Cueva de los Guácharos National Park (English: Cave of the Oilbirds) is the oldest national park in Colombia. Located in the western face of the Colombian Eastern Andean Range in the departments of Huila and Caquetá.

When you visit Cave of the Oilbirds National Natural Park, you must remember that you are entering an area of such great importance for eco-tourism and for its flora and fauna that it was declared a Biosphere Reserve by UNESCO in 1979. You must therefore refrain from touching the calcareous formations in the Park’s and/or from defacing natural elements of the landscape. Just relax and respectfully enjoy this unique environment so that we may hand its riches down to future generations.


The relief is rugged, represented by canyons, hills, caves, escarpments, gently sloping mountains and eroded valleys. Some of the rock formations are over 100 million years old and correspond to seabed sediments in the cave sector and to volcanic rock in the north-eastern part.

There are four small wetlands, of less than one hectare: one on the left bank of the Suaza River opposite El Lapiaz, also known as La Cascada; the second on the right side of the Cascajosa-Cedros trail, at the place called La Hacienda; the third in the north of the Park on the road that passes through Acevedo; and the fourth in the centre-south sector of La Argelia. However, the Park is characterised by four main ecosystems: the oak forest, the Sub-Andean forest, the Andean forest and the paramo.

Suaza River - The Guacharos Cave National Natural Park


The Park´s hydrographical network comprises two large basins; tha of El Magdalena, represented by the Suaza River, which rises on the westerm slope of the Cordillera Oriental, and that of El Caqueta, which is constituted mainly by the Cano Agachado and the Quebrada La Fraguosa, the sources of the Fragua Grande River.


The Park area is noteworthy for the presence of a substantial number of specimens of species practically on the verge of extinction in their natural environments, such as the cedar, the cumin, The cobre, the laurel, the Colombian walnut, the walnut, the white oak and the black oak, this latter first reported in the Park in 1979, on the site known as El Robledal, on the Cascajosa-Cedros trail.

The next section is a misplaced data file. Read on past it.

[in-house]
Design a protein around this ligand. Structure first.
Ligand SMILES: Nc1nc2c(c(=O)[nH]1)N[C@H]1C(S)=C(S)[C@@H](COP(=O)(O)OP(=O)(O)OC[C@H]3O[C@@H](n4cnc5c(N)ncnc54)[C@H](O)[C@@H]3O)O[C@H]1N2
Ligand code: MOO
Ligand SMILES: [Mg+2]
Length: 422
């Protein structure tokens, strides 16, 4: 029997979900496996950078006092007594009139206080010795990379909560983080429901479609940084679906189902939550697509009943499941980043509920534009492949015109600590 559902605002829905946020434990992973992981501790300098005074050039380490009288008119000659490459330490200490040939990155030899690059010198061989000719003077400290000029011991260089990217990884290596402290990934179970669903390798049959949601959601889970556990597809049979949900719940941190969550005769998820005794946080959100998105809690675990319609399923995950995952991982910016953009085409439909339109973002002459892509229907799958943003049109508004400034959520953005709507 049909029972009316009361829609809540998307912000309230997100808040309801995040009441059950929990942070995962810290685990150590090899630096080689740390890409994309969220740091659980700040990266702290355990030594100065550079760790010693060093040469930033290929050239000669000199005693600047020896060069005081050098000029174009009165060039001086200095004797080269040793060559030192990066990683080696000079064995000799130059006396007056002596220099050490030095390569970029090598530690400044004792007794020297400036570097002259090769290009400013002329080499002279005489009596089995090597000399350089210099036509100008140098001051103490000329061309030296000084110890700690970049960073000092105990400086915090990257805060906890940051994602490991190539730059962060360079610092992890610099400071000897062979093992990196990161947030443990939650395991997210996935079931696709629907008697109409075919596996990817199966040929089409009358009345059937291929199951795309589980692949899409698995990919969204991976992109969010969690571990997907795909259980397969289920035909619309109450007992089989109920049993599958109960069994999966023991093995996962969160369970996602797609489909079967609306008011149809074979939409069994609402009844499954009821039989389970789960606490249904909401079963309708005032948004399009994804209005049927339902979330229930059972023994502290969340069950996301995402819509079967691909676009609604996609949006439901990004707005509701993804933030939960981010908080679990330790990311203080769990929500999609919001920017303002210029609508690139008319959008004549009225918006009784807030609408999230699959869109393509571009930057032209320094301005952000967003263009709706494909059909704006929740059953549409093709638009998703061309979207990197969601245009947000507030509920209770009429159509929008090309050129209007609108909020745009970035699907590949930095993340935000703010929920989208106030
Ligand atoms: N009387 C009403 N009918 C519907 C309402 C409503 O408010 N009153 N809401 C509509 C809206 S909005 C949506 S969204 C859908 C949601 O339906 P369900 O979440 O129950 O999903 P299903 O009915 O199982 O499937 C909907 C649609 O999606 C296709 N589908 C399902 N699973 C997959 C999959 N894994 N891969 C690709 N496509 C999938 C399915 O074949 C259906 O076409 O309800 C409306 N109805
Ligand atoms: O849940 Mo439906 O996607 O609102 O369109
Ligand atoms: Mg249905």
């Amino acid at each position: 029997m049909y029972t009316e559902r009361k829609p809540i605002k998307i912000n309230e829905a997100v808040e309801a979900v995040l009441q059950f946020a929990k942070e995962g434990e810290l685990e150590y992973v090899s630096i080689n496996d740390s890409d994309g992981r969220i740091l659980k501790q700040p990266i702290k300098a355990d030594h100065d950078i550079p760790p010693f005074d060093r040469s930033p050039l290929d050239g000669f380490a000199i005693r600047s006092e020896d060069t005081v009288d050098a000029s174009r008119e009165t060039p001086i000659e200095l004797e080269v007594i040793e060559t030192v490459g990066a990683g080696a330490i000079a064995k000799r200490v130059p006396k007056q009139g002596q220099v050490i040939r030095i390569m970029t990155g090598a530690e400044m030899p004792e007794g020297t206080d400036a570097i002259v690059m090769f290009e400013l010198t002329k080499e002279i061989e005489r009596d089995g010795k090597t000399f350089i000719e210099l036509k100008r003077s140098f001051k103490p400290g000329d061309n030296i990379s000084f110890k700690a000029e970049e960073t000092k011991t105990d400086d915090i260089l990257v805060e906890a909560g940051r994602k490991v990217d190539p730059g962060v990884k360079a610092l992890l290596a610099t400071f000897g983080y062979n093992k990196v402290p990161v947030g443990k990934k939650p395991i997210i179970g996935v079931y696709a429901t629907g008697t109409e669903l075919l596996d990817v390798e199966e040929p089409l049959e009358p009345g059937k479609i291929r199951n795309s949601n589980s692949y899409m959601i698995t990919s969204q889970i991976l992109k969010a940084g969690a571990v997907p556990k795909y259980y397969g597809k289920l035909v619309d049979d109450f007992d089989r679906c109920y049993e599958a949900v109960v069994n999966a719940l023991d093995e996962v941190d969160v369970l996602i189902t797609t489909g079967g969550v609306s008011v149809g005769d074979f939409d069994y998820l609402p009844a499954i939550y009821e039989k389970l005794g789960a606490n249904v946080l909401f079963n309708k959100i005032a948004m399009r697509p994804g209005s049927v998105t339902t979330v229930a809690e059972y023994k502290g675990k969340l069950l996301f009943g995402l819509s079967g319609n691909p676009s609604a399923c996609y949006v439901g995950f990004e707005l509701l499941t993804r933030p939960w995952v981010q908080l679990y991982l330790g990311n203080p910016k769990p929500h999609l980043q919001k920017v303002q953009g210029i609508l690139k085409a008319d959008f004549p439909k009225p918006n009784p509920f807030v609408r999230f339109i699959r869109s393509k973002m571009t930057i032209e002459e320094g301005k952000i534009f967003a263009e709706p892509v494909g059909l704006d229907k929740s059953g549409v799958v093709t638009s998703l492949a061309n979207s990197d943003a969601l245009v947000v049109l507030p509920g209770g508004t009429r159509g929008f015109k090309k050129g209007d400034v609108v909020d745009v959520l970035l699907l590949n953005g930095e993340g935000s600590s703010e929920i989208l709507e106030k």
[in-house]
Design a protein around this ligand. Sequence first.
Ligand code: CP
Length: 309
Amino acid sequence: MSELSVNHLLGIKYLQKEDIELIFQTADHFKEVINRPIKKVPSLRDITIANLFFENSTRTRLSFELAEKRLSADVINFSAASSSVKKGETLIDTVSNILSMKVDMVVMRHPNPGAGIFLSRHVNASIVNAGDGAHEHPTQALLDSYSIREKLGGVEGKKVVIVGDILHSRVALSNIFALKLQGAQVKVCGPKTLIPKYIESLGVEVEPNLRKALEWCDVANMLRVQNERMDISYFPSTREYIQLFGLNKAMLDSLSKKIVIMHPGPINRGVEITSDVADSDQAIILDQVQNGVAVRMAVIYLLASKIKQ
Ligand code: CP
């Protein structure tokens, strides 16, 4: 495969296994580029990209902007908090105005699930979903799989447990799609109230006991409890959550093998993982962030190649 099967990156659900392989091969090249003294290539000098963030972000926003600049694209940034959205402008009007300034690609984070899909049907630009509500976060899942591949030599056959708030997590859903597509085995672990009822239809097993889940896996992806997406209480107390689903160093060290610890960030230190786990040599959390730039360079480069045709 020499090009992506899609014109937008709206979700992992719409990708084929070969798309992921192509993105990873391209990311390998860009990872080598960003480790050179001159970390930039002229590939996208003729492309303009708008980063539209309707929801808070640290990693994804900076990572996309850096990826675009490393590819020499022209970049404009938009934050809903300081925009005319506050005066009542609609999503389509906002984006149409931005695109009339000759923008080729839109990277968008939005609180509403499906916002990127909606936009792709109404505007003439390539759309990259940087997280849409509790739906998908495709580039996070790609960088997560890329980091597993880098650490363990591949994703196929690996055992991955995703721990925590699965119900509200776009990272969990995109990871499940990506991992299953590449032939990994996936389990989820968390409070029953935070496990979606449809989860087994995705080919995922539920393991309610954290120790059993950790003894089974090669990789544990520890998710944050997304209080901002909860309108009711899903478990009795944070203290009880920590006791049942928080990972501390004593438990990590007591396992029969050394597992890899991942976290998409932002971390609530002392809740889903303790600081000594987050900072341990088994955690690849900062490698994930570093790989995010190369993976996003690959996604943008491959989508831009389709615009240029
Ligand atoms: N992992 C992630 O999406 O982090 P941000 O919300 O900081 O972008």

Araña Pocok - The Guacharos Cave National Natural Park


The most prominent species is the one from which this national natural park takes its name: the guacharo or oilbird (Steatomis caripensis). It was discovered in 1799 by the German traveller and naturalist Alexander von Humboldt in Caripe (Venezuela). It is a bird that inhabits deep, dark caves during the day, because its habits are nocturnal. It comes out at night to search for food, guided by an echolocation system similar to that of bats, which allows it to find its way around in the darkness. Thanks to the tactile bristles, near the bill, it feeds on the fruit of over 70 species of laurels and palms. Its body is reddish brown with bronze and copper tones and white patches. It measures up to 50 centimetres, although it has a wingspan of one metre. Besides the oilbird, the Park area is home to some 300 species of birds, among them the cock-of-the-rock and the yellow-eared parrot.

Another noteworthy aspect of the Park fauna is the fact that it includes several endemic species on the verge of extinction, like the most primitive weasel hitherto discovered, the great tinamou (the largest of it kind in Colombia) and the marsupial frog. Lastly, there are over 60 species of mammals, among them the spectacled bear, the puma, the northern pudu and five species of primates; and 50 species of butterfly.


There has been no human population in the Park since 1980, when the State acquired the estates bequeathed by the last 13 colonists who had settled in the area. In the XIX century, after the War of Independence, the south-east sector of Huila Department, where the Park is located, began to be settled by indigenous peoples from northern Narifio and southern Cauca. At the beginning of the 1940s, people from northern Boyaca and southern Toli-ma populated the banks of the Quebrada La Cascajosa and the River Suaza, which are now contained in the Park area.


  • Established: 1960
  • Area: 9,000 hectares
  • Altitude: : Between 1,610 metres (confluence of the Quebrada La Cascajosa and Suaza River) and 2,840 metres above sea level (Cerro Punta).
  • Climate: Temperate-cold
  • Average temperature: 16°C